Parent Hacks for Seniors
Boom! Just like that, your student is a senior. It happens so fast and for your student, it is happening even faster. Senior year is packed with the classes, senior research thesis, job search, or graduate study applications. No doubt your student is feeling pressured and overwhelmed with everything on their plate. You can assure your student that help is out there for them at the Soll Center. For CMC’s 1,300 students, there are four dedicated full-time coaches ready to serve them in their transition.

Like the weather and the calendar, professional recruitment has its seasons. Whether your student is pursuing a career or graduate school, the process is industry dependent and recruitment activity starts in the fall and runs through the spring semesters. The Soll Center staff are the experts on the recruiting seasons and will lead your student thoughtfully through the process, focused on reducing stress and pressure.

For students interested in consulting, software engineering, product management, federal government, and some financial services careers, the primary recruiting season happens in the fall. But this accounts for only 40% of the CMC student interest. For the other 60% of students, parents should know there is still plenty of time. Students interested in investment banking, government, non-profit, education, creative, medical and science fields will find recruiting occurs in the spring of their senior year.

Ursula’s advice for parents of senior year students is to know that every senior student will have individual conversations with her or another coach to create their own plans based on their goals. No student will be left behind, rest assured. Ursula reminds us, “It’s never too early and it’s never too late.”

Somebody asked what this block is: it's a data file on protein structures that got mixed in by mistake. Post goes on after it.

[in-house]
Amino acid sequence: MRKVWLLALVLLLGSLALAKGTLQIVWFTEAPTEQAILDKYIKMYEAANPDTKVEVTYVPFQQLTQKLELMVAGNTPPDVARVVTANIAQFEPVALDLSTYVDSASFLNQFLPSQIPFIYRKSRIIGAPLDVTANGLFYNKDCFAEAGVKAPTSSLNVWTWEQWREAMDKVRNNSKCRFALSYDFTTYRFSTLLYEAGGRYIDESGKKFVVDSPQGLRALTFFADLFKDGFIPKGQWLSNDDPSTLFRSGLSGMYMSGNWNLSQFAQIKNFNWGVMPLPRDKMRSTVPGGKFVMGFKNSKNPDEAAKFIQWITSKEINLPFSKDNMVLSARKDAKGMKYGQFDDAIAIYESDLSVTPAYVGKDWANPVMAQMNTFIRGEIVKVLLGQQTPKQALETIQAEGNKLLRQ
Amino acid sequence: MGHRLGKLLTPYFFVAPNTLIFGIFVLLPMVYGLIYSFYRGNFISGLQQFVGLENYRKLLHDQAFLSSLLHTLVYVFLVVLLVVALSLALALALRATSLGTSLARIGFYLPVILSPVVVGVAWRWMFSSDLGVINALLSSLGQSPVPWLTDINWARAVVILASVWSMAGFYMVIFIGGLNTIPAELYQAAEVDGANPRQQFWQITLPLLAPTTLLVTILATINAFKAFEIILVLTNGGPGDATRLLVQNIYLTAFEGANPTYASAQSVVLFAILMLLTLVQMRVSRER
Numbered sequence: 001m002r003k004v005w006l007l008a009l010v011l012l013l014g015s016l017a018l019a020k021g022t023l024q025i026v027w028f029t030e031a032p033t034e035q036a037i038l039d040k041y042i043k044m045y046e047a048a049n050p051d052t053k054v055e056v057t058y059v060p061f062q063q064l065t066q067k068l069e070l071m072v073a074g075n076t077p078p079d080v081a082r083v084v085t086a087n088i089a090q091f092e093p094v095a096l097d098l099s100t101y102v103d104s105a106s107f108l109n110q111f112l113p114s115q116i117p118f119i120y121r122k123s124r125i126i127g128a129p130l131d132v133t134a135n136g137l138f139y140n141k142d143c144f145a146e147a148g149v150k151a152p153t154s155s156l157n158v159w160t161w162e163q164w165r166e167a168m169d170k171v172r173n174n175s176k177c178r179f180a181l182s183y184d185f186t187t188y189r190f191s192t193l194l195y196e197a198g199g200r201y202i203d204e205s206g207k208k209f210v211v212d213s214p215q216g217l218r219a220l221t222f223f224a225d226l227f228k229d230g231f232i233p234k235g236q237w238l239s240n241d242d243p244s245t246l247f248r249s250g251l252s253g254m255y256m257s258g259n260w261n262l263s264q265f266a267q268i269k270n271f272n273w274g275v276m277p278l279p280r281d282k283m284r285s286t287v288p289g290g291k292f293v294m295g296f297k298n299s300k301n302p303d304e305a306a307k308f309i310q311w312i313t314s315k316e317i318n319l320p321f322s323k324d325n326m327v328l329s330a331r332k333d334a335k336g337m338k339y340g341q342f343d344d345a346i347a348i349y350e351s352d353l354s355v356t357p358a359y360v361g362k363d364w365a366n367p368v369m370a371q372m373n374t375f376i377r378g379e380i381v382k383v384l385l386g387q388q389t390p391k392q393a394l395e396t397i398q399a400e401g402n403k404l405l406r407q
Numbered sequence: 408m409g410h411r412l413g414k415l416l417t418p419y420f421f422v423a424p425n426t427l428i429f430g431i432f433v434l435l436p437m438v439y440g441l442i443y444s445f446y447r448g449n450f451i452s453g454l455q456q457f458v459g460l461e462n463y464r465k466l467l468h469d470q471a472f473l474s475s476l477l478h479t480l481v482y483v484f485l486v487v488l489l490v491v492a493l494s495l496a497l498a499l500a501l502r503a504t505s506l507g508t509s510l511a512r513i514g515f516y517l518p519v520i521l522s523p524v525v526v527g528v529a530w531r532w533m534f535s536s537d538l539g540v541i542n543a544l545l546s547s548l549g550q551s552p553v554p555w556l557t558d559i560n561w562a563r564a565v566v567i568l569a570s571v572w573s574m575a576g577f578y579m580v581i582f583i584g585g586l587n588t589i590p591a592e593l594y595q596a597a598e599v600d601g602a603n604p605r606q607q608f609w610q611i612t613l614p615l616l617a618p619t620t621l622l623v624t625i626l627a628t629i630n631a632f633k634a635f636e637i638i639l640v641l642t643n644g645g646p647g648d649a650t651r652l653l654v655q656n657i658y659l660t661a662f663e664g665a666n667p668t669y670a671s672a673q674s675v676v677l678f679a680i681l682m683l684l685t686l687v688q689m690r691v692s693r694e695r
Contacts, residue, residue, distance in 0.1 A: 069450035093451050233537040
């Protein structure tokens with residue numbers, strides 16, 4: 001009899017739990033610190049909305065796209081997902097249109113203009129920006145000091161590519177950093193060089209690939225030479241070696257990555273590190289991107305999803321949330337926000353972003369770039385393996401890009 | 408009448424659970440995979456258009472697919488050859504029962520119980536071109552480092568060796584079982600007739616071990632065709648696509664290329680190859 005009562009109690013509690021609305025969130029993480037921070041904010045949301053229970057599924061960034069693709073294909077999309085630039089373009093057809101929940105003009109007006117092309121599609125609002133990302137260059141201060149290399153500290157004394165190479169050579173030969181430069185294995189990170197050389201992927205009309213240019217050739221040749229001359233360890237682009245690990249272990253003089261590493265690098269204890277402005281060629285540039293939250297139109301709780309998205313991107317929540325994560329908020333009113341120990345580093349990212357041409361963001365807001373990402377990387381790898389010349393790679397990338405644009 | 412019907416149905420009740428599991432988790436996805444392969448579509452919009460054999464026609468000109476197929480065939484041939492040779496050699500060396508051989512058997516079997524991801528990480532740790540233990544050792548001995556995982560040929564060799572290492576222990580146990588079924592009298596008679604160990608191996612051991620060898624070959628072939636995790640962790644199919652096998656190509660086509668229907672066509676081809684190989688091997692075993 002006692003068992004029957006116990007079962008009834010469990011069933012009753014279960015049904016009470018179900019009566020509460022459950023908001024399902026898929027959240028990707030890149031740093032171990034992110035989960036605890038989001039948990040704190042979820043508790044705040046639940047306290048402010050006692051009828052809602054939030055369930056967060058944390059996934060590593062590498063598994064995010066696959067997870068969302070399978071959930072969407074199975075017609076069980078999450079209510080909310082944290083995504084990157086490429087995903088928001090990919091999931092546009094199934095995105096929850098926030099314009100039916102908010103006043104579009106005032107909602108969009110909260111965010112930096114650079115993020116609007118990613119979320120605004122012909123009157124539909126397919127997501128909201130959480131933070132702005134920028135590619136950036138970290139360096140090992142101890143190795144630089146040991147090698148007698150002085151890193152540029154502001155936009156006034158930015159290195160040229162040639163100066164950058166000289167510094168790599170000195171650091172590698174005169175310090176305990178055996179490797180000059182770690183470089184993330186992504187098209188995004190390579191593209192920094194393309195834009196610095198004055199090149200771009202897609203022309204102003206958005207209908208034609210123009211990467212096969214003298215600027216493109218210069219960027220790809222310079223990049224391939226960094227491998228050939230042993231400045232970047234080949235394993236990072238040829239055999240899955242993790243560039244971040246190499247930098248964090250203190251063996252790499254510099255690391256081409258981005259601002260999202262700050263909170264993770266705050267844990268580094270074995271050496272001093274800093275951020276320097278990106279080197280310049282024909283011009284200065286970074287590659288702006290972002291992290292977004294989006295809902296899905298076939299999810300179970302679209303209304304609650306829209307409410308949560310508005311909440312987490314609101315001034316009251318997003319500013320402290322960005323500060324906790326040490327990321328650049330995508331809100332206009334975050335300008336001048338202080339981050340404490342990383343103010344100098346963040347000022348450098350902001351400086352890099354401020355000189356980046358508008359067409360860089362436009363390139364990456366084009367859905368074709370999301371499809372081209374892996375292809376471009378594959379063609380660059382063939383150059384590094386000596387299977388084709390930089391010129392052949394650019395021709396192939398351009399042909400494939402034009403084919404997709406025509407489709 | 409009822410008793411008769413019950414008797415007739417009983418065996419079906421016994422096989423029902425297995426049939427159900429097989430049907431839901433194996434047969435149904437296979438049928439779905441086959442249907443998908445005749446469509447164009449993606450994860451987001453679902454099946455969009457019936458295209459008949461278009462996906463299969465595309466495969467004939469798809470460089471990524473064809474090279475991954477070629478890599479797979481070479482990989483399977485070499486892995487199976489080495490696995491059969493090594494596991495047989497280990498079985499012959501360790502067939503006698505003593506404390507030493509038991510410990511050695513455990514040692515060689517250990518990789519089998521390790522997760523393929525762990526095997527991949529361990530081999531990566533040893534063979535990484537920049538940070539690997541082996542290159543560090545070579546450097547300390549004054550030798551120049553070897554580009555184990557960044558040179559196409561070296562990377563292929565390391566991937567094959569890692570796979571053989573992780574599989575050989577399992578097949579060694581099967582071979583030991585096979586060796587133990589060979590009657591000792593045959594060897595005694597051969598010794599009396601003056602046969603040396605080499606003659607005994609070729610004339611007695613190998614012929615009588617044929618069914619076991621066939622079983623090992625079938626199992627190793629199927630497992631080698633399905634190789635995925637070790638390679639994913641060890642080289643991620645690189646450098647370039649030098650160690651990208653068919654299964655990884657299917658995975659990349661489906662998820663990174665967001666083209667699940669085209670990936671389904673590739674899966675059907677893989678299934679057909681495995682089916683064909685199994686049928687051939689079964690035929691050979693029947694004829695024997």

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Recruitment in the New Normal: Communicating the CMC Advantage

Not to be missed!

During Spring Family Connections, a panel with a wealth of experience in talent acquisition and HR professions will come together to discuss how CMCers can best communicate the CMC advantage in their internship and career search, and what parents can do to support them in the process.

We know that CMC students show themselves as leaders who dig deep and impact their communities, and that they chose CMC for its one-on-one relationships, unprecedented research opportunities, competitive teams, and tight-knit alumni network. Now, as they seek jobs in a challenging COVID-19 environment, these tools become even more vital as they work to stand out once again in an ultra-competitive marketplace. Panelists include Steve Kapner P'22, Co-founder and Managing Director of Aquent; Kristin Mannion P'22, Founder of Aura Leadership and Development, and Grace Koo, Managing Director, Human Capital at KKR. Students are also welcome! Recruitment is the New Normal Registration